Locks, Stock and Secret Nuclear Bunkers

From Tom's Moorings to Beeston Stone Lock No 33, a distance of 19 miles, 2½ flg and 26 locks.

After an evening checking out some of the pubs in Market Drayton we made a moderately early start. Not a traditional early start (like 6:30 am) but a more sensible 8am.

Things started off quite well but, as with so many things, it was just too good to last.

The 5 locks at Addersley went OK but Audlem was a complete disaster. We arrived at Audlem Top Lock No 13 at 10am and started off down the 15. Progress was slow – there were quite a few boats that were either single handed or only had one person working the locks. Throw into that a smattering of boats with no clue and its a recipe for disaster.

[ Google Route Map embedded here ]

Just above Audlem Wharf we met Huffler No 2 and three other boats out from Braunston. We used to moor on the other side of the jetty to Huffler No 2 so we had a good chat as they worked through. They had been out since March and were obviously having a good time. Two of the boats were single handed but with 4 boats running as a convoy, all using walkie-talkies, and sharing crew they were extremely efficient.

We arrived at the bottom lock at 1pm – far from the best time we’ve ever made down the locks.

On the way to Hack Green and its “secret nuclear bunker” we met a Challenger boat heading towards Audlem. This boat was another fine example of the “Challenger Boats are crewed by idiots” theory in that it was, somehow, managing to pull a breaking wash which was the full width of the canal, and by the smell of their exhaust the engine was about as keen on it as the local duck population who were beating a hasty retreat from the tidal wave that threatened to engulf them.

There was a shortish delay at the Hack Green Locks as a boat, which had pulled out in front of us from the Coole Pilate “leisure area” moorings, had to work through and there was a boat coming up.

The visitor moorings at Nantwich were pretty full; apart from the long section where BW removed the visitor moorings because people living in the newly built houses below the canal embankment complained. This sort of behaviour is really annoying : if you buy a house by a canal then don’t complain when a boat moors up outside your windows. I guess the sort of people who make complaints about mooring boats are the sort of sad people who move to the countryside and then complain about church bells or the local cockerel crowing.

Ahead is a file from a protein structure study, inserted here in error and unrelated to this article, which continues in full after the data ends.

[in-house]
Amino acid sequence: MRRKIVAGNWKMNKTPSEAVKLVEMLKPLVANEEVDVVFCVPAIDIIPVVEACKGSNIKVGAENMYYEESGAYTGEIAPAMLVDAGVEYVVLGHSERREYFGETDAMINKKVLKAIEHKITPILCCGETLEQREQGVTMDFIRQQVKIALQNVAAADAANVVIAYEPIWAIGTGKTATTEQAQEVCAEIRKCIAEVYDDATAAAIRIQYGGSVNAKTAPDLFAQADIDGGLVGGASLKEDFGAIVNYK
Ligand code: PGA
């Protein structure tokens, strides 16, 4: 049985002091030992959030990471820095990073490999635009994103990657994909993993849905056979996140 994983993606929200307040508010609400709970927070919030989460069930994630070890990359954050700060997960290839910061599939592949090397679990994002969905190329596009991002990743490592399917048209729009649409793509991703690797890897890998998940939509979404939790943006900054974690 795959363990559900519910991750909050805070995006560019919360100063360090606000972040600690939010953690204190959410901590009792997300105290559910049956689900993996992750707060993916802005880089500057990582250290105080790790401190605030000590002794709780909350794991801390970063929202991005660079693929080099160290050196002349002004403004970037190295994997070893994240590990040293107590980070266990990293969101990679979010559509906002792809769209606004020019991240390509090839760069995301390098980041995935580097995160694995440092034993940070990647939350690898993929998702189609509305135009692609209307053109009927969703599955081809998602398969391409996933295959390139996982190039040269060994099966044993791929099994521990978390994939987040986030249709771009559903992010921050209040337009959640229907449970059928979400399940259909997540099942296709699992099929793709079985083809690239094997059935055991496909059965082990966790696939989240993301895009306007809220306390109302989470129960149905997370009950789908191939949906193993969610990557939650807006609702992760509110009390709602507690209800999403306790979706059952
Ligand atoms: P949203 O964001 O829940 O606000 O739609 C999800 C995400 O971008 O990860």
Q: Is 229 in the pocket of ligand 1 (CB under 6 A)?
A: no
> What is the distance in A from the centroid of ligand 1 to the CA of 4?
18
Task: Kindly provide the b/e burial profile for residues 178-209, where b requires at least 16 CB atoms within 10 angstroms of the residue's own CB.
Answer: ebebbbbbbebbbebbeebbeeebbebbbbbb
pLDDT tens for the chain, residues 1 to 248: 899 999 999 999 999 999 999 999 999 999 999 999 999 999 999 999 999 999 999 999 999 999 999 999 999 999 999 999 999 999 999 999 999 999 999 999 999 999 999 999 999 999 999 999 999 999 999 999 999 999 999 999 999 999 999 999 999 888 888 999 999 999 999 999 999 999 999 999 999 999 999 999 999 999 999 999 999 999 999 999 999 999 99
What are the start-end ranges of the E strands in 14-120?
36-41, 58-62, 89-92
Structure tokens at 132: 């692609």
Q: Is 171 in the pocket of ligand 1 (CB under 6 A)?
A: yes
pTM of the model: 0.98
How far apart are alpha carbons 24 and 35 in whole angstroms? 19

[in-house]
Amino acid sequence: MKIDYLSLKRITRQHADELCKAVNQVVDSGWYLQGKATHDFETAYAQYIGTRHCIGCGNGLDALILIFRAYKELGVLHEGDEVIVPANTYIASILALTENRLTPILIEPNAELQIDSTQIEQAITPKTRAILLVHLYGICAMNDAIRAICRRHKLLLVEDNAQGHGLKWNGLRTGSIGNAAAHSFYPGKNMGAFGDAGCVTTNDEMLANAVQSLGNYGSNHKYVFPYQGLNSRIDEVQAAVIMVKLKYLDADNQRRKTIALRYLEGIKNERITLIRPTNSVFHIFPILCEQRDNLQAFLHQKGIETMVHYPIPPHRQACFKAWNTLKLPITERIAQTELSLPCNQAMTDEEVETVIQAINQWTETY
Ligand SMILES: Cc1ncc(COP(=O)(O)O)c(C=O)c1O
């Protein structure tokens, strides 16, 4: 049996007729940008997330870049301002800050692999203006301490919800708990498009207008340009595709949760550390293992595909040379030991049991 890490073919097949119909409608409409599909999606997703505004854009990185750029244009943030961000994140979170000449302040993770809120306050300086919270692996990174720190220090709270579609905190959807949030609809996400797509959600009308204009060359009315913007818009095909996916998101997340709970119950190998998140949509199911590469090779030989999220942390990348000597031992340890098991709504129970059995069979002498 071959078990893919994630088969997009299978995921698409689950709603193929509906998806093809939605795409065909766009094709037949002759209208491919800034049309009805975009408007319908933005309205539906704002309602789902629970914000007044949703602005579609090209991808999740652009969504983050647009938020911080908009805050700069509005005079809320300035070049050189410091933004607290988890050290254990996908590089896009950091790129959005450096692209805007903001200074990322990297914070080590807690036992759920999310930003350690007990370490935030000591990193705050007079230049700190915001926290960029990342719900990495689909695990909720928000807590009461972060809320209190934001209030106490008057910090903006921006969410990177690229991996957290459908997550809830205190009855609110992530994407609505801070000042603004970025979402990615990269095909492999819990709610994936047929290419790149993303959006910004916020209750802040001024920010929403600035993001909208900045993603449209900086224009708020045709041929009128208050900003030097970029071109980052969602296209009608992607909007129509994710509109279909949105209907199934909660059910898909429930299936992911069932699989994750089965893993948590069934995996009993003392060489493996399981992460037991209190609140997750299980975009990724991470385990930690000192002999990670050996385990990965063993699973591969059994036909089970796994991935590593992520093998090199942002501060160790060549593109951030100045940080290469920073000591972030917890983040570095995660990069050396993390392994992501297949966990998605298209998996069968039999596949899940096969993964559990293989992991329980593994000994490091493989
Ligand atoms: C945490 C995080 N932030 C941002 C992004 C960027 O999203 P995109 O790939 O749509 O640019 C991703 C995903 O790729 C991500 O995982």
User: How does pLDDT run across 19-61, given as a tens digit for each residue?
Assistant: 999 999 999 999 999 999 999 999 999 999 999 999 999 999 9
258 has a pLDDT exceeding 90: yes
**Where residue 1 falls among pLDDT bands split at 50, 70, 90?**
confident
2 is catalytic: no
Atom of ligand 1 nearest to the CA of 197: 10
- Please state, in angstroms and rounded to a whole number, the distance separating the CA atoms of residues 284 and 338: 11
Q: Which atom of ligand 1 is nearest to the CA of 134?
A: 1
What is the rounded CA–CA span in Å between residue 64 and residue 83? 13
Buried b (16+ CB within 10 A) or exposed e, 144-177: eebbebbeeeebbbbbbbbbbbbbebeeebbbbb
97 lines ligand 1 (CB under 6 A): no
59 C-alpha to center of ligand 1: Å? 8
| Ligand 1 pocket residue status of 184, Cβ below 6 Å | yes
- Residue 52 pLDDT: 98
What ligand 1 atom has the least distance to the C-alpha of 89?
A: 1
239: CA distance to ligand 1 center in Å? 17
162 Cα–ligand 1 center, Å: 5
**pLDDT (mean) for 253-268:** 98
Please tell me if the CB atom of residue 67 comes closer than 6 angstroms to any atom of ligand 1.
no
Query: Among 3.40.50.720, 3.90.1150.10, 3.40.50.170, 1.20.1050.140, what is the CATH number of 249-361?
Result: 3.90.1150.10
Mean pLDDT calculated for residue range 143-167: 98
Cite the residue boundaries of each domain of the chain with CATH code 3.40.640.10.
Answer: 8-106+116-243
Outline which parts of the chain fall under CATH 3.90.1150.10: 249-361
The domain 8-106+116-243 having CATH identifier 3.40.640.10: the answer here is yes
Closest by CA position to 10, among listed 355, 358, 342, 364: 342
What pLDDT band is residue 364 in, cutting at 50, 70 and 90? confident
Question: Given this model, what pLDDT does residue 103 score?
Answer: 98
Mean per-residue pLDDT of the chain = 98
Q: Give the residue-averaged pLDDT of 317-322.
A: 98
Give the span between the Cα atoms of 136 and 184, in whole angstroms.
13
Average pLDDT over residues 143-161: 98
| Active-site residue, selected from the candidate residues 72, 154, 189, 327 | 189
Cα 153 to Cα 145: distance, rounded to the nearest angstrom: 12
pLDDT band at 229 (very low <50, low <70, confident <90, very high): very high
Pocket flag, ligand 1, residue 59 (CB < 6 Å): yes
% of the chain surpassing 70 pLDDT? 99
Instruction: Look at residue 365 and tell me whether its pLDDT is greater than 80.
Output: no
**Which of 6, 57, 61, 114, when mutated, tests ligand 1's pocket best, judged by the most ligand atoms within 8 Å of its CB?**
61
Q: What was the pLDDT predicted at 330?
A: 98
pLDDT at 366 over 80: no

By the time we reached Barbridge Junction  people seemed to be mooring up for the night even though it was still relatively early. The A51 was pretty much stationary due to road works and for the distance between the junction and Wardle Hall Bridge No 103 we were actually moving at a higher average speed than vehicles heading the same direction on the road.

Bunbury Locks  were pretty deserted by the time we got there as the boat yard was shutting up for the day and most of the visitors had gone home.

We had the canal to ourselves as we made our way through Tilstone Lock No 32  and down to Beeston Stone Lock . We noticed that Ivor and Mel Bachelor’s working pair were moored up above Beeston Stone but there seemed to be no sign of life on the boats and no indication that they are still selling fuel. It was a surprise to see the boats this far north as we had been regular customers of Ivor’s when we were moored down in Braunston – I hope that it doesn’t mean that another trader has been forced off the waterways.

We decided to stop for the night just below Beeston Stone lock – its not a long walk to the Beeston Castle Hotel but you are not too near the road or the railway line.

After we had moored we noticed the water level was dropping so Neil set off to check no-one had done anything silly at Beeston Iron Lock . He came back a few minutes later saying there was a boat coming up.

A while passed, no boat appeared and the water level continued to drop and by now there was a noticeable flow on the water so I went off to see what was going on; there was a boat in the lock with both top paddles open and the gates shut. They said they were stuck -the bottom gates were leaking (they are worn but something was obviously stuck between the gates) and they couldn’t open the top gates. I tried the top gates and they opened fine – so I guess if I hadn’t gone down they would have sat there until they had drained the pound and the lock had emptied itself.